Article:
Different thinking welcomed: Autism Acceptance Month
According to a 2018 estimate from the Centers for Disease Control (CDC), about one in 44 children has been identified with autism spectrum disorder (ASD)—a rate that has steadily increased for the past three decades.1
Several factors have contributed to this rise, including significant changes to definitions and criteria, increased attention from researchers, and growing awareness of ASD.
But, as always, increased awareness marks the beginning of a social restitution—not the end. Just this year, the Autism Society of America suggested the April designation change from Autism Awareness Month to Autism Acceptance Month.
Beyond recognizing the existence of children and adults living with ASD, we have the power to prove our acceptance. Listening to the needs of people with ASD, ensuring your work activities are conducive to those with ASD, and helping advance educational and social programs designed to improve the opportunities of people with ASD—like first-responder training and employment advocacy—are all impactful ways to be an ally.
Everyone stands to benefit from National Volunteer Month
National Volunteer Month underscores a crucial reality: Many important organizations and beloved institutions—in small towns, rural communities, and large cities alike—would not exist without volunteers.
Rarely, if ever, do we feel there is enough time in the day to fulfill all of our plans. However, the power of volunteering is that any and all contributions of your time can positively influence a cause in need of your energy.
We encourage you to rally your friends, family, and children to help uplift the lives of others this April. Want some ideas?
For a billion+ people, fasting fills the soul
April 2022 almost entirely coincides with the holy month of Ramadan, during which Muslim-practicing people around the world fast from sunrise to sunset each day in a practice called sawm. It’s a time devoted to deep spiritual discipline, extra generosity, and meaningful time with loved ones.
Ramadan is a challenging yet rewarding commitment that concludes with meals and celebrations at the Festival of Breaking the Fast, or Eid al-Fitr. To ensure those less fortunate have enough food for celebrations, Muslim-practicing people will also make a charitable contribution in the form of money or food.
Regardless of whether you observe, you are most certainly surrounded by coworkers, neighbors, or fellow community members—like teachers and local business owners—who do. As such, being mindful of Ramadan is a small but important way to cultivate welcoming environments.
A Supreme win for representation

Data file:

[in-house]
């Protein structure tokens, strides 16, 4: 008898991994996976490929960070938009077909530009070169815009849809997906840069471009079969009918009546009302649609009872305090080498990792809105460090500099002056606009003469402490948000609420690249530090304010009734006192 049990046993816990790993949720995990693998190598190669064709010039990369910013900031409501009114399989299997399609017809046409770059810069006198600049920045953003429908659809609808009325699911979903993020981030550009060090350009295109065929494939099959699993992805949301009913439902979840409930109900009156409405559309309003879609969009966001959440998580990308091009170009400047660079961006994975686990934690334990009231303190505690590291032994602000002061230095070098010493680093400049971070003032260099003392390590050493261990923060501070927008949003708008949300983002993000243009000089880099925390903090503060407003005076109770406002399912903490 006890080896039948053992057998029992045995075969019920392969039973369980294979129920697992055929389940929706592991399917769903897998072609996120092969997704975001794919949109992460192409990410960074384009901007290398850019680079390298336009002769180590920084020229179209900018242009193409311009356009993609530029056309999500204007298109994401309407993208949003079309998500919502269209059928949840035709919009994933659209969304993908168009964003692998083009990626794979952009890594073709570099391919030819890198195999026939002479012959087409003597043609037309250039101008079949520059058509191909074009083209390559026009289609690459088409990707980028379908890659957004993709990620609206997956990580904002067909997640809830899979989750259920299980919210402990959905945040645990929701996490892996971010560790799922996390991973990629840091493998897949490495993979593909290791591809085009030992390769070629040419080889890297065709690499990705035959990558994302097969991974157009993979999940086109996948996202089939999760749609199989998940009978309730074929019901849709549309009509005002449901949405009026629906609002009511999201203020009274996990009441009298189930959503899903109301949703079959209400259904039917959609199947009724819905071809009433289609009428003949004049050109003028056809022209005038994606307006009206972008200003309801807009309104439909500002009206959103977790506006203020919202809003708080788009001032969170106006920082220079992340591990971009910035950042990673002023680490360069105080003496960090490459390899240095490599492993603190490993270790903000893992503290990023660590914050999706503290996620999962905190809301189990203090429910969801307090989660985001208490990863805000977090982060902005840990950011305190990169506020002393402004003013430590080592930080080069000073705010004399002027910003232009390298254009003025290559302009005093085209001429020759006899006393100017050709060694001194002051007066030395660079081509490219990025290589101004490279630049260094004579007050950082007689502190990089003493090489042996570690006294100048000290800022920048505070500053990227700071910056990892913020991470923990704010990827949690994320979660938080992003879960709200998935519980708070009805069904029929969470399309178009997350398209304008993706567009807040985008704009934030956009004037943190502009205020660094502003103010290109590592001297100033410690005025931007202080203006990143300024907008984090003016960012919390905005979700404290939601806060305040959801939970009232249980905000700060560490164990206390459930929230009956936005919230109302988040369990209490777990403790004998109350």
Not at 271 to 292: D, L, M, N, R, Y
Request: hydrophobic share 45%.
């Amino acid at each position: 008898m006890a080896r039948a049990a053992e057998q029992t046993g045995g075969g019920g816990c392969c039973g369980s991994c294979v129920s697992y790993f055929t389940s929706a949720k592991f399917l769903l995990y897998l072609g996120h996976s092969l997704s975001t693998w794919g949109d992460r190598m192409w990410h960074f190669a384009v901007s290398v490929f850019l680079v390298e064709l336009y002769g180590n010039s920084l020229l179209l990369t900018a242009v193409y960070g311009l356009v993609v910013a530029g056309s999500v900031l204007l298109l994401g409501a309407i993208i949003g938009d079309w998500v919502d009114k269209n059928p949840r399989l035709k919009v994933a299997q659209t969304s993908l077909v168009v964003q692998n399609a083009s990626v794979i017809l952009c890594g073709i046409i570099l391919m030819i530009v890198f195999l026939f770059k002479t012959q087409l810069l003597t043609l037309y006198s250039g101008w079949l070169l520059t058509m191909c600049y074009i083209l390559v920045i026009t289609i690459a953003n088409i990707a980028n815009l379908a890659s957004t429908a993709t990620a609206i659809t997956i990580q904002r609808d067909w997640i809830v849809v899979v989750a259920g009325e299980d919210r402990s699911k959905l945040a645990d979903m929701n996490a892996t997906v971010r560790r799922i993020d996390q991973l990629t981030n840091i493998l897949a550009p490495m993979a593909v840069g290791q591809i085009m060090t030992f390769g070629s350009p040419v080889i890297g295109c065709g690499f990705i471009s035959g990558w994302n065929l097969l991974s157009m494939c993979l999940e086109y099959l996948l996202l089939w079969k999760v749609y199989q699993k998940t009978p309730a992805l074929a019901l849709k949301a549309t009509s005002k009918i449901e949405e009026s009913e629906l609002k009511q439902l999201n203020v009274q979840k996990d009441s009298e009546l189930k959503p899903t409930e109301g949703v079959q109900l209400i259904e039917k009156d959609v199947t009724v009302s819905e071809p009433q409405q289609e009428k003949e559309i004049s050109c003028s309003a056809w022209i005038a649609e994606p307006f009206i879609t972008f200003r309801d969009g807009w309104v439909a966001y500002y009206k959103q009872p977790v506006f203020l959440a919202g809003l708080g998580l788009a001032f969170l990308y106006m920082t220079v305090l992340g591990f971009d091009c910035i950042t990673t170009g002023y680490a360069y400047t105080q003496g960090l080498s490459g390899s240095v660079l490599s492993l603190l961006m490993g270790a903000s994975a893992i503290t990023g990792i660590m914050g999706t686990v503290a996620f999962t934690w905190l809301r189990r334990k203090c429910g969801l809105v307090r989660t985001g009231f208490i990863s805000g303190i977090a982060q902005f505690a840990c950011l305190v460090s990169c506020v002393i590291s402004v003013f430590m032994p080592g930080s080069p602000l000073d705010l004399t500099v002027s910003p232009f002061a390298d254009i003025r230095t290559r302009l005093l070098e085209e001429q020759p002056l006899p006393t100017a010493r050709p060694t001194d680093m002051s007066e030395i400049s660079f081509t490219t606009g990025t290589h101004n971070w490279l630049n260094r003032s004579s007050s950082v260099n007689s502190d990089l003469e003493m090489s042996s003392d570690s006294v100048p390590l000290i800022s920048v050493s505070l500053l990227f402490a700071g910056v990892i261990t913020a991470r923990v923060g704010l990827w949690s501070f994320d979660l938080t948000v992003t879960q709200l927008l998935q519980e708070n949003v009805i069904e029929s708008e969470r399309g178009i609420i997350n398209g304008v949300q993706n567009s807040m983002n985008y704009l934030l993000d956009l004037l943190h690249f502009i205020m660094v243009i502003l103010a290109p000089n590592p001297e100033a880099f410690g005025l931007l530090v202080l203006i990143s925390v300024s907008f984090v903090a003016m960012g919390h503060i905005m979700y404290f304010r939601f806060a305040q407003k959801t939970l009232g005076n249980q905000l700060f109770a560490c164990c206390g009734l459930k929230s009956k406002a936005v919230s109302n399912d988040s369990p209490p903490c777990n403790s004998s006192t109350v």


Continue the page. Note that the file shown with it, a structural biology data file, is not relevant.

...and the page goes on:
A final Senate tally of 53–47 officially confirmed Judge Ketanji Brown Jackson to the Supreme Court in early April. Though many Republican senators used their questioning time to sow skepticism of Jackson, no suggested mistrust could dilute her trailblazing success story: a public defender who defied all structural barriers to become the first Black woman to sit on the Supreme Court in its 232-year history.Read More
Earth Day brings much to admire and even more to act on
Like the very planet we inhabit, Earth Day has layers. It’s a great excuse to revel in the beauty of Mother Nature (not that you ever need one), but it also acts as a crucial reminder of the extensive effects of environmental irresponsibility.
Not only do rising temperatures and coastal flooding disproportionally impact the health of underserved and minority communities, but environmental challenges are compounded by failing infrastructure.
Since October 2021, residents of Benton Harbor, Michigan, have been urged to use bottled water for day-to-day tasks due to elevated levels of lead in city drinking water. Even at low exposure levels, lead can contribute to an array of neurological and reproductive harm.
The situation calls to mind the long-standing water crisis occurring just across the state in the city of Flint—both of which have shined a light on environmental inequity and the essential role of elected officials in prioritizing necessities like clean water and air.Read On
What say youth?
On April 22, students across the country will participate in The Day of Silence—a day-long demonstration during which participants remain silent to bring attention to the silencing of LGBTQ+ youth.
Created in 1996 by University of Virginia student Maria Pulzetti, the exercise seems poignant as ever as we experience the ripple effect of Florida’s “Parental Rights in Education” bill. Popularly dubbed “Don’t Say Gay,” this bill and similar emerging legislation are causing clear ideological clashes in which LGBTQ+ youth—who already face increased health and safety risks —are collateral.
If you live or work with student-age children, we encourage you to establish an open line of dialogue and support with them regarding The Day of Silence—whether they participate or simply witness it.
Want assistance in staying well-informed on the issue? Here are some resources:
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SHOP second-hand in honor of Earth Day
EAT to celebrate Arab American Heritage Month
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